3. There is no point in doing the minimum. You could write a 500-word article and rank for it for a few months, then someone else will top your article and you’ll move down the rankings. So why not produce a high-quality piece of content, deeply consider the searchers intent, cover all bases and work out how to build trust with the potential customer? This isn’t just about a content project; this is in every aspect of what you do at work.


woman analysing data


Healthy business growth often relies on several factors. What facets of business would you say have promoted growth in your organisation the most? And what should SMEs look to improve/develop to maximise their chances of success? 

We invested more of our time and commitment into SEO in the summer of 2019 and this saw our traffic increase significantly.

In 2018 we brought in 210,000 visitors, while in 2019 we brought in 309,000, a growth of 47%, while the revenue matched this level of growth. Despite the difficulties this year, we’re currently 51% up on last year, showing significant levels of exponential growth.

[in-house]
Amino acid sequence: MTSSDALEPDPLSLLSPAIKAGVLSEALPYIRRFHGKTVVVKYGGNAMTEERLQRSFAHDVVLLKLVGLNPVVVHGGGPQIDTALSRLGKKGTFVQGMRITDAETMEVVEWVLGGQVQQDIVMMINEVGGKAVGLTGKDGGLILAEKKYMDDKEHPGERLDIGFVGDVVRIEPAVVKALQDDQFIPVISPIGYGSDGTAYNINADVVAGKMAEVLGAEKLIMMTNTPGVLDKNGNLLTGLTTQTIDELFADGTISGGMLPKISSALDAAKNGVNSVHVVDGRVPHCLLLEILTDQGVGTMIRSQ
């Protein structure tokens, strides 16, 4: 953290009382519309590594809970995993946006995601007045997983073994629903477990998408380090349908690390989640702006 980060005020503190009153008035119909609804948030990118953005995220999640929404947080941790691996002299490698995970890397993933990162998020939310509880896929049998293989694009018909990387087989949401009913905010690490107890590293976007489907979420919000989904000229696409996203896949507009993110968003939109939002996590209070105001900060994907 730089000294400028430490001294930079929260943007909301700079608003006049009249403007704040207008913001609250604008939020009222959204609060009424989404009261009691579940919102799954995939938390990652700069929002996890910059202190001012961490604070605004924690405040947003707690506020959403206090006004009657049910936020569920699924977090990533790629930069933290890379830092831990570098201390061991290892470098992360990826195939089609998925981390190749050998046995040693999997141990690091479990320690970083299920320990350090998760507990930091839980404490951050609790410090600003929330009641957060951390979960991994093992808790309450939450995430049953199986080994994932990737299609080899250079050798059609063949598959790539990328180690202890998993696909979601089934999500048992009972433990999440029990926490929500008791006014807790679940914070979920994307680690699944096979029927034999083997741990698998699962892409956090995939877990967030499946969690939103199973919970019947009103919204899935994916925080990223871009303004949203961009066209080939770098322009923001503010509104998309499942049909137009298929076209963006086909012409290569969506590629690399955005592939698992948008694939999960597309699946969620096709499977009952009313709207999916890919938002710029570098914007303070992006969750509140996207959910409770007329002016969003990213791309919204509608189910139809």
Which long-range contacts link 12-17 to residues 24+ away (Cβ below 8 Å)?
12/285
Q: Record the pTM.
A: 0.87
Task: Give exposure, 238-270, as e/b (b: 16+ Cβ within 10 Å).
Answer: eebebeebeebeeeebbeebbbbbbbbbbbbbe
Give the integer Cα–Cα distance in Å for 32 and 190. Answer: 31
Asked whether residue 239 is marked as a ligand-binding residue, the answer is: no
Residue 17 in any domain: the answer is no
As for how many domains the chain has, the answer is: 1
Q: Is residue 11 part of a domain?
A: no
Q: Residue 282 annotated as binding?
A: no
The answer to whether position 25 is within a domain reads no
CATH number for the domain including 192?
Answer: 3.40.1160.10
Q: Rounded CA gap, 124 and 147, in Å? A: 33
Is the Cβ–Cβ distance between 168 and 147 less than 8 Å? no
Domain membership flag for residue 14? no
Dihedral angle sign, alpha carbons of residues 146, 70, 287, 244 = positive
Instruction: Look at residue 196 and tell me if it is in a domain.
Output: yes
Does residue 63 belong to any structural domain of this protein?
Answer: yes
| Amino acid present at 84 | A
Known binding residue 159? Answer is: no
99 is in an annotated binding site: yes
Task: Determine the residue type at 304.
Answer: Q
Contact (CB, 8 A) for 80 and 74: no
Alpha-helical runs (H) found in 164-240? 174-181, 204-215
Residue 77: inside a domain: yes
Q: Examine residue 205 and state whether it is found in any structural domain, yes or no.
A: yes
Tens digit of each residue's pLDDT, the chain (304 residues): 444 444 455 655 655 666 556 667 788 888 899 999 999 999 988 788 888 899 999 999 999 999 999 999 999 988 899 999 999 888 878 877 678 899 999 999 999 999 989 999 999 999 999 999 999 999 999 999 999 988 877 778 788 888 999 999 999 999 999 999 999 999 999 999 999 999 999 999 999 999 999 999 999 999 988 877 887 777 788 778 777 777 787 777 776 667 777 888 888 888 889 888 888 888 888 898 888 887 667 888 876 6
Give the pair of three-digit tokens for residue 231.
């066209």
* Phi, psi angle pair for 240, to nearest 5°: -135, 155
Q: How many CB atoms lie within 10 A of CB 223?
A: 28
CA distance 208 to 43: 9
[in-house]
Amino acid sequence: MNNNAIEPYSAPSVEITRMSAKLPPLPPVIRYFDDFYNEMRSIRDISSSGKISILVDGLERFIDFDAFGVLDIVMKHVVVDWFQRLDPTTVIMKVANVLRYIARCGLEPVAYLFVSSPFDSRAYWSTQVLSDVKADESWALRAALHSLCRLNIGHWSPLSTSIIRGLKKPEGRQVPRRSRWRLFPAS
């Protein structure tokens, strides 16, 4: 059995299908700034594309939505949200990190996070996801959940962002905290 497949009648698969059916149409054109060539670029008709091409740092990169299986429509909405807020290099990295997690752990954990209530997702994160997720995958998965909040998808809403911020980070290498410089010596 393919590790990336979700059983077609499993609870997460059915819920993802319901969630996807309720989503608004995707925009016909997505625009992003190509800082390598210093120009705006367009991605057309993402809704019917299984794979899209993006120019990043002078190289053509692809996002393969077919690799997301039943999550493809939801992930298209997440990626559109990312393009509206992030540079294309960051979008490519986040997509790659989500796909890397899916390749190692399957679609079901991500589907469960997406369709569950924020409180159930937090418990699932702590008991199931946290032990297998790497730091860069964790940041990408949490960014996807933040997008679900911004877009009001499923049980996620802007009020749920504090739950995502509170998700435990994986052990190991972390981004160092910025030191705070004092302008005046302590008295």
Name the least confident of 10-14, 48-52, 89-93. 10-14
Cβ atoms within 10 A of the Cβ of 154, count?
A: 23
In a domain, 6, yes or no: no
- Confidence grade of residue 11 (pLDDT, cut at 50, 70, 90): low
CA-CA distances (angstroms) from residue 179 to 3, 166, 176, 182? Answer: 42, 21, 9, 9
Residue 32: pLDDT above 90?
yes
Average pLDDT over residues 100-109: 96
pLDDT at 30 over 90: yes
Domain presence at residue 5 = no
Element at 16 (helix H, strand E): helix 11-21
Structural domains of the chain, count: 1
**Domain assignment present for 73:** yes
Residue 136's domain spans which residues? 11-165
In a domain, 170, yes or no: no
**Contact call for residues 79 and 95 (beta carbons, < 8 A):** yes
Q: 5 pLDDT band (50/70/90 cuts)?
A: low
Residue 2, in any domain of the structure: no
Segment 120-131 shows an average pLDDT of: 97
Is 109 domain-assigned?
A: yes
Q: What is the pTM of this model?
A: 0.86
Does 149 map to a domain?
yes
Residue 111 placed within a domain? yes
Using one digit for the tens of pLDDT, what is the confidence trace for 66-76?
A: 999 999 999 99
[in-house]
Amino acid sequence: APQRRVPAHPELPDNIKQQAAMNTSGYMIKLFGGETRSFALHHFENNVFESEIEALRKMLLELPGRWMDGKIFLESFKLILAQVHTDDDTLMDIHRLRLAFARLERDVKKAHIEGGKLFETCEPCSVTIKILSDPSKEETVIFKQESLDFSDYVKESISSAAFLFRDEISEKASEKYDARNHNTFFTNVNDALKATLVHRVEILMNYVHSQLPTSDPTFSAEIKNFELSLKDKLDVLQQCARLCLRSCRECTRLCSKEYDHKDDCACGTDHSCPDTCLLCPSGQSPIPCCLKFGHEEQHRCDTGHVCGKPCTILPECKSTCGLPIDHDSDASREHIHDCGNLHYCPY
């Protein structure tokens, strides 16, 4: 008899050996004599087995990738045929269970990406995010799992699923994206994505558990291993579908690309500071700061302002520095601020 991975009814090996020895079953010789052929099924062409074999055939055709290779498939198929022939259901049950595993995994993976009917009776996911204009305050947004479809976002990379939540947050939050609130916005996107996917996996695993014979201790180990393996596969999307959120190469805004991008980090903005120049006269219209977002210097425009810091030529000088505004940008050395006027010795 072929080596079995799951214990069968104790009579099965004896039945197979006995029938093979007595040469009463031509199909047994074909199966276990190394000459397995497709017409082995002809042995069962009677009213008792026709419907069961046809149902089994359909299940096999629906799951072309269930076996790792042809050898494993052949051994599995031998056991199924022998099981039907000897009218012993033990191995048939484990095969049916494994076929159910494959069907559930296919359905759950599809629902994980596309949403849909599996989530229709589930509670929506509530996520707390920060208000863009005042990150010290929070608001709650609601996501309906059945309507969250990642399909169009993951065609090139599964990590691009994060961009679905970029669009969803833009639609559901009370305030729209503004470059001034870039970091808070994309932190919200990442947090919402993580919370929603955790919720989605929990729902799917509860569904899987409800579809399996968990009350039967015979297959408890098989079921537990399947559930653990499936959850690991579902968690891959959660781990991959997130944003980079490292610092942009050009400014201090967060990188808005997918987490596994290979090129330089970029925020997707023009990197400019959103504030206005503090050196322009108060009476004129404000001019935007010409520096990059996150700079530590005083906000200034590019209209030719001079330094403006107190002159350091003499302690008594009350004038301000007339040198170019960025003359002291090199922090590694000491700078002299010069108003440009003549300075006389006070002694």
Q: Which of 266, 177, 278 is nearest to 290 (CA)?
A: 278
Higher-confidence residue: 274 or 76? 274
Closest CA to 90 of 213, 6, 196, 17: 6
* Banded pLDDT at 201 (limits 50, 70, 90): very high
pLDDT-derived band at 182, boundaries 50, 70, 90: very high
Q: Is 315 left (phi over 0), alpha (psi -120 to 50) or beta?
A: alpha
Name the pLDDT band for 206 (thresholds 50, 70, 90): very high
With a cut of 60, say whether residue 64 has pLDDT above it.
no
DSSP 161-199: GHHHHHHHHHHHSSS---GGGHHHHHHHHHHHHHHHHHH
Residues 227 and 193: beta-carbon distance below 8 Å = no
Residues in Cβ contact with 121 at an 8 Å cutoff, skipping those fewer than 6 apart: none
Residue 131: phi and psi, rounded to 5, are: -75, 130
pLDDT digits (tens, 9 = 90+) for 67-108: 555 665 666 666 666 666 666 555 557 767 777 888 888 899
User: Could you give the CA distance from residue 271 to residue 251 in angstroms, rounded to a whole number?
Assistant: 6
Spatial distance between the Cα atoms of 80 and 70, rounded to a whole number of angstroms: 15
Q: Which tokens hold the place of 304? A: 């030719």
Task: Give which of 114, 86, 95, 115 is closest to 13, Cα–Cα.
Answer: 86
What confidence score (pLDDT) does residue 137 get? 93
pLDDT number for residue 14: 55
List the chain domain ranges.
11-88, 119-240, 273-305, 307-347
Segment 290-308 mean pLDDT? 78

We’ve been featured in a large number of powerful publications over the past year too, including Metro, Cosmopolitan, MSN, Unilad, Netdoctor, Yahoo, Women’s Health Mag, Daily Mail, Heart FM, GoodToKnow, Mirror, Female First, Hello Magazine and the Independent, to name just a few. This is a significant level higher than a number of our much bigger competitors.

If an online company is to be successful, they must invest in increasing their page speed, improving the user experience and ensuring a quick and natural navigation path through the site and the purchasing funnel, great customer service and complete brand trust. The first step is getting your website in front of customers, but it’s all pointless if you don’t build a connection with the visitor.


What one piece of advice would you give you to other business leaders looking to grow their business?

Don’t take any short cuts; it will take time. Invest in the right people and build out a long-term strategy with regular deadlines to keep the team on track.

Thanks to Jon for contributing to this edition. Looking for more insights and advice? You can read the rest of our Growth Stories series at the links below: